History, of course, doesn’t just include what happened before now, but also what is on the go at the moment.
This statement, of course, could be subjected to serious philosophical debates, which I won’t go into now. Suffice it to say that, for purposes of this column, we’ll be arguing that what happens today is, in fact, history.
This series took a bit of a hiatus for a while, after covering Sean Connery, the original 007 in the films. However, there’s still a pile of famous gamblers we’d like to look at, and today we’ll be taking a gander at one of the most powerful people in the world today.
Another US President?
Indeed, ladies and gentlemen, we’re talking about Barack Obama.
As you might recall, part one of this column was about Richard Nixon, the famous US president who went on to resign due to illegal wiretapping.
His preferred game was poker, and he turned out to be very good at it. He was a cautious gambler, much like Barack Obama, who also proved to be unwilling to show his hand.
Back when he was still a state senator in Illinois, he would get together with some of his colleagues, including fellow senator and poker game host Terry Link, on a weekly basis to play a low-stakes game of cards.
Link said that Obama was “…a very cautious player… in the sense that he didn’t just throw his money away. He played the odds. He didn’t play for the inside straight.”
The weekly game was surprisingly apolitical, especially given the current virulently divided nature of US politics. Democrats, Republicans, and lobbyists would all meet up to play cards, drink a few beers, and smoke (Link refused to say how much the then-future president smoked, although it’s well-known that he enjoyed a puff or 10 for over 2 decades).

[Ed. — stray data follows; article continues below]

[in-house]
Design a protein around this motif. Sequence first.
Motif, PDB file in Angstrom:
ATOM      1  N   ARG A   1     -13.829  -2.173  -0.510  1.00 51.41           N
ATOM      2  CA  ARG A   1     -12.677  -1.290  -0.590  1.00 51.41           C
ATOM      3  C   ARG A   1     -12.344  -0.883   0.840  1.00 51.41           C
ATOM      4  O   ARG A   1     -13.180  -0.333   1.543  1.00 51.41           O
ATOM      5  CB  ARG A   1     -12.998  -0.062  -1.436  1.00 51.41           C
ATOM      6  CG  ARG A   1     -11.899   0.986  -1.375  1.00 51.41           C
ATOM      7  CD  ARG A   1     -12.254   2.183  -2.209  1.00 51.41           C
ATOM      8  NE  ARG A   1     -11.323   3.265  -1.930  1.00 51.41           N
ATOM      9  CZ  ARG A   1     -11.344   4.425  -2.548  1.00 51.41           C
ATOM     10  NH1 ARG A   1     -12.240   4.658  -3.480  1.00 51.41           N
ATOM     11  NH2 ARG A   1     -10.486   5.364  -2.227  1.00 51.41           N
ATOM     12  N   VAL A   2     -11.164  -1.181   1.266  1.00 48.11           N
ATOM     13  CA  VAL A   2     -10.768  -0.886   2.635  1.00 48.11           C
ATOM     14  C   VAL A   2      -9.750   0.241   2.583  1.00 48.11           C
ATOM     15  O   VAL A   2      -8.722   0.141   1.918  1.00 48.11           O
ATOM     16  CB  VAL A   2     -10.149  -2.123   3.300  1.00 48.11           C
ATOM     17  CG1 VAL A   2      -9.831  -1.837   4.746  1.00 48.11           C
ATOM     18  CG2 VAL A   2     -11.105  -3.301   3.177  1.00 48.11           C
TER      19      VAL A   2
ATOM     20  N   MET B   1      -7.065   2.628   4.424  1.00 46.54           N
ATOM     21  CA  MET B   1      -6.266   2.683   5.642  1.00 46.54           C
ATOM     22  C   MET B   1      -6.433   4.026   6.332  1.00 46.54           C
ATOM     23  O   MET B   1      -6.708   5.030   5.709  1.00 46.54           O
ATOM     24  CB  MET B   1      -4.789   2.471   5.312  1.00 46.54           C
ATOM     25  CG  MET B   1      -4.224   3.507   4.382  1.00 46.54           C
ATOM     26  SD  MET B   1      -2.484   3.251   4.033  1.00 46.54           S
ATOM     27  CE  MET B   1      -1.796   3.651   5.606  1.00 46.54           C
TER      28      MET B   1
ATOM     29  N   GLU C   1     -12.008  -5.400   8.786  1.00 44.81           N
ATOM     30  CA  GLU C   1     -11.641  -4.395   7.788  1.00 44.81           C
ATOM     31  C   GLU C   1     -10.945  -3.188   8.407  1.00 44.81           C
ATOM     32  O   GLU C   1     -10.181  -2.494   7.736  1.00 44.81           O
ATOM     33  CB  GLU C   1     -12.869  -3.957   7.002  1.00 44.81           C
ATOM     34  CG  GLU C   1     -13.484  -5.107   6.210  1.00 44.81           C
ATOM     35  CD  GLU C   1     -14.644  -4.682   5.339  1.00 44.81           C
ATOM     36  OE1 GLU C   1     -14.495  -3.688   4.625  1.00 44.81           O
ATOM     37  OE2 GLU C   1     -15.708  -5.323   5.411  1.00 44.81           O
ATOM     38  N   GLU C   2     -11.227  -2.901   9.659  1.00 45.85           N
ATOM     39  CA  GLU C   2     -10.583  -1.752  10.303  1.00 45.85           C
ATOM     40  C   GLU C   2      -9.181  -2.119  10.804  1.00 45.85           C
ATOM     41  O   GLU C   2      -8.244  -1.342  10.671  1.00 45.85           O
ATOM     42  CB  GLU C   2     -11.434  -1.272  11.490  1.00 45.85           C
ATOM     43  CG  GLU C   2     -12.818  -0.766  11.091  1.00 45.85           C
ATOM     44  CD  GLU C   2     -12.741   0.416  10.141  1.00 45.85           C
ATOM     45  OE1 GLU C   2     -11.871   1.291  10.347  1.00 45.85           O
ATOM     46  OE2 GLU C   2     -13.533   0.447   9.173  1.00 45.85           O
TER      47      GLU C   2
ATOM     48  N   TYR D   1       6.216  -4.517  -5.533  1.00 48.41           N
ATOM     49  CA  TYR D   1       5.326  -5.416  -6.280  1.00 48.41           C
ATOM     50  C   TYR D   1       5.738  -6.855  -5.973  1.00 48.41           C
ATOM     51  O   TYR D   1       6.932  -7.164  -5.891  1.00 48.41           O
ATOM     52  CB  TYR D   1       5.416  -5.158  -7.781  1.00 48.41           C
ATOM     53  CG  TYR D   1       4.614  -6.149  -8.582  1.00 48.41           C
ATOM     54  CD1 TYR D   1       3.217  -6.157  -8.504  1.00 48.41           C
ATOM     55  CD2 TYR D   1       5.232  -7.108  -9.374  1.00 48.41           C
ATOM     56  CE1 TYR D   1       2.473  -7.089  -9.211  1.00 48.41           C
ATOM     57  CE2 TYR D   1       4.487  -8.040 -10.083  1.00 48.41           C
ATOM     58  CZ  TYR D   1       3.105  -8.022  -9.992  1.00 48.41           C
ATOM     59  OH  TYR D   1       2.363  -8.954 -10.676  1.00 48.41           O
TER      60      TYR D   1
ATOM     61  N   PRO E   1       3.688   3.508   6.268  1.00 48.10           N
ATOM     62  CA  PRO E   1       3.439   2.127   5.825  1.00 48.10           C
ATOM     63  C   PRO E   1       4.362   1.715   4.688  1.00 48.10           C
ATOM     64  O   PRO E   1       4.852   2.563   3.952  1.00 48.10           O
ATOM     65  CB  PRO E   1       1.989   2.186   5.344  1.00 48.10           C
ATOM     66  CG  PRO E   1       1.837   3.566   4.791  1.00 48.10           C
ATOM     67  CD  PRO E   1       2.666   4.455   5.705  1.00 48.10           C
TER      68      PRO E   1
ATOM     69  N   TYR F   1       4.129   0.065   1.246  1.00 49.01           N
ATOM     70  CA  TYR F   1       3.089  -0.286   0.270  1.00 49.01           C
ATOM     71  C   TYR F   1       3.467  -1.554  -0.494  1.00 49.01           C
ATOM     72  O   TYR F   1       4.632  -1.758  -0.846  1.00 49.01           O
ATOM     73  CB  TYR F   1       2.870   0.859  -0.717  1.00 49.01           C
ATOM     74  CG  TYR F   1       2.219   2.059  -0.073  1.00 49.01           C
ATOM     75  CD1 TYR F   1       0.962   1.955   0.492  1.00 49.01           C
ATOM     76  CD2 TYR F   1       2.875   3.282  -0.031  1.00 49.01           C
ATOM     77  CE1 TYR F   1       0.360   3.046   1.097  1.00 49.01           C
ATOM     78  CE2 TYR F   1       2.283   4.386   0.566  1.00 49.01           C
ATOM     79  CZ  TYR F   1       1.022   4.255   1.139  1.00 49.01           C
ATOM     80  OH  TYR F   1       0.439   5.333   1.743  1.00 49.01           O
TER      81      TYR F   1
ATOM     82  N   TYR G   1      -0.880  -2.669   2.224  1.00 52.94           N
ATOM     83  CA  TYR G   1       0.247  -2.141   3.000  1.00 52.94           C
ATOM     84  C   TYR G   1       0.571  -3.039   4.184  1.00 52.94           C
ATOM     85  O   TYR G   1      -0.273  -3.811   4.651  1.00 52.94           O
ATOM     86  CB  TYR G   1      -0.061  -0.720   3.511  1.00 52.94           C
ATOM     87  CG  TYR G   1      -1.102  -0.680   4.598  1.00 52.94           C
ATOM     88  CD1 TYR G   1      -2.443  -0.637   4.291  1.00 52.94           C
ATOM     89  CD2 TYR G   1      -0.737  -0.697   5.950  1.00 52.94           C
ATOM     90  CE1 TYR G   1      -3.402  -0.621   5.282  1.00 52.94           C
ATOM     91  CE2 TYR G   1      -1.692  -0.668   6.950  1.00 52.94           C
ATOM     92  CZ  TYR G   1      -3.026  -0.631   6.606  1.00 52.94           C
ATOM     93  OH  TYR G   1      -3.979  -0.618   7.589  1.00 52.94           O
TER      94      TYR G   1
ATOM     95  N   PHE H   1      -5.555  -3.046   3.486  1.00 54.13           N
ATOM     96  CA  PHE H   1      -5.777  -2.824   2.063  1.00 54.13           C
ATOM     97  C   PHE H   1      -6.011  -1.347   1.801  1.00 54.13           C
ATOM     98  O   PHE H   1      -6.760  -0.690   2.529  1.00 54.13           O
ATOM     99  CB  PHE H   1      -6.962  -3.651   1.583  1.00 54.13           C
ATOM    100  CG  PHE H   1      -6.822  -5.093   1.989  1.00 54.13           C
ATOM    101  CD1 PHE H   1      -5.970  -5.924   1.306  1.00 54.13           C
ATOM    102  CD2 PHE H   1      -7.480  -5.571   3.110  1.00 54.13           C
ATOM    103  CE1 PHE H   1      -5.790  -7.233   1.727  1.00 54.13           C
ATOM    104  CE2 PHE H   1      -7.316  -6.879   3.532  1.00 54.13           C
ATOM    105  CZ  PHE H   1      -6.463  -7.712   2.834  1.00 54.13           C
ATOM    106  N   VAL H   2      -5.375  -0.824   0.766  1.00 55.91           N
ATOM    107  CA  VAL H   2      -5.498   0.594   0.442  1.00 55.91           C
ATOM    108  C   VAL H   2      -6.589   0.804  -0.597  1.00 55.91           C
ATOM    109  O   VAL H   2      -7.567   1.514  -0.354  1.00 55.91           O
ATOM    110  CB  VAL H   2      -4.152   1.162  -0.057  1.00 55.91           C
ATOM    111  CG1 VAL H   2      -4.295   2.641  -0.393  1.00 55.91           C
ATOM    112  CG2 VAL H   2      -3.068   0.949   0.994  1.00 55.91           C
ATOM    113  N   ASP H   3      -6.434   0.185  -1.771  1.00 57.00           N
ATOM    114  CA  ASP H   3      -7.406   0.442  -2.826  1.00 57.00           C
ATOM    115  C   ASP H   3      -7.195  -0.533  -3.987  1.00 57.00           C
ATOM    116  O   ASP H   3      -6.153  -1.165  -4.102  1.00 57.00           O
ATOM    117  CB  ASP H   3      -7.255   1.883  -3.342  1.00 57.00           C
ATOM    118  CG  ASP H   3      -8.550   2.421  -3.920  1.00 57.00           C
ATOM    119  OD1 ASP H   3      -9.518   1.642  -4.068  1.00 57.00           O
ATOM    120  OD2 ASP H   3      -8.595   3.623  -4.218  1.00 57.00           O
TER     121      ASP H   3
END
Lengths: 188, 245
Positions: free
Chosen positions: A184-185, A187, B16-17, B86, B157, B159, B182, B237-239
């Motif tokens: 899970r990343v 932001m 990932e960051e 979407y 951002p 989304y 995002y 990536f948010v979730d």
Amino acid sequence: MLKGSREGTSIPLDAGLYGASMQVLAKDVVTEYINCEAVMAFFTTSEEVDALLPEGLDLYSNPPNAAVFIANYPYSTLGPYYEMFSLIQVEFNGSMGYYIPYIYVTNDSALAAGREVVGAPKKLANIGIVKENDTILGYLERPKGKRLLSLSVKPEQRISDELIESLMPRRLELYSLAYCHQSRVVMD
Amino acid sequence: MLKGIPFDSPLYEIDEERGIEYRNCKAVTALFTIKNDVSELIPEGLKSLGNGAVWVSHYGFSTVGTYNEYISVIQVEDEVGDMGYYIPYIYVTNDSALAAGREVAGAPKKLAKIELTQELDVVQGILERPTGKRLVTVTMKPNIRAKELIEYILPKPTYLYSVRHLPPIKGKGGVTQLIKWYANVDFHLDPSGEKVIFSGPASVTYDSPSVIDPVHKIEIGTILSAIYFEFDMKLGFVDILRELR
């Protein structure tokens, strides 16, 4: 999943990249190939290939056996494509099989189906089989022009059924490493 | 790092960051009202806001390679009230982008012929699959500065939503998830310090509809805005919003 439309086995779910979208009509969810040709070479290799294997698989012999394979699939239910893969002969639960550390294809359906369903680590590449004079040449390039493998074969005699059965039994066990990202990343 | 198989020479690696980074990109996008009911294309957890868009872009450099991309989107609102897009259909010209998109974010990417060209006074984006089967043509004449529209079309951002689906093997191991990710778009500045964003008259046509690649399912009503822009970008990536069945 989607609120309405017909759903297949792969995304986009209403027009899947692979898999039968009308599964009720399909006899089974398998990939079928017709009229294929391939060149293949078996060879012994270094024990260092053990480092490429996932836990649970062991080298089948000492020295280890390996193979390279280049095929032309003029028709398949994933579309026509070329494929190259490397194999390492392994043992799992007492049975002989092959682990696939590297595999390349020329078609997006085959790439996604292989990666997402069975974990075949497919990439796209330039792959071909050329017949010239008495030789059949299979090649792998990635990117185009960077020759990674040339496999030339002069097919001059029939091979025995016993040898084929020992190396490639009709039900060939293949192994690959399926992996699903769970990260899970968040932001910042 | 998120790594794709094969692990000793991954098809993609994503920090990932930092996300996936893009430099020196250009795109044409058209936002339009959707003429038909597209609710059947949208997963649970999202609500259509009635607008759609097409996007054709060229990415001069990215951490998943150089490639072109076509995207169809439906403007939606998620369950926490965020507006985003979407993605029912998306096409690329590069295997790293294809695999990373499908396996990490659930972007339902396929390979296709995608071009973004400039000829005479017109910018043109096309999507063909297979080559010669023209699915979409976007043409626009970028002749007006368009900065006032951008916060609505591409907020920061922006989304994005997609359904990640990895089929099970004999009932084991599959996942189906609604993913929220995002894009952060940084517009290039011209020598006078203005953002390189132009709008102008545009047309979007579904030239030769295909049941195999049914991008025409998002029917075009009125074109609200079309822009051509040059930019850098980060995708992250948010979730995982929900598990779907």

The Wider Implications
Since we have so many poker-related figures of speech in English, it’s not surprising that the president’s foreign policy and general political strategy have been compared to his success at the card table.
Although we don’t generally like to discuss politics here at Casino Daily News, the Economist has taken note of his poker-playing past in his recent actions, commenting on how he has not been bluffing, but rather only playing his hand when he’s certain of a win.
This reflects his card strategy, where he would not push his luck if he wasn’t certain of a win. Fellow players noted that he only played if he could win.
It’s beyond the purview of this column to start speculating on geopolitical trends (we’re a gambling website, after all!), but here’s hoping that, whatever the outcome, the US president manages to hit a lucky streak, or, to use a more poker-related term, let’s hope he gets dealt a decent hand, or at least manages to bluff his way to peace.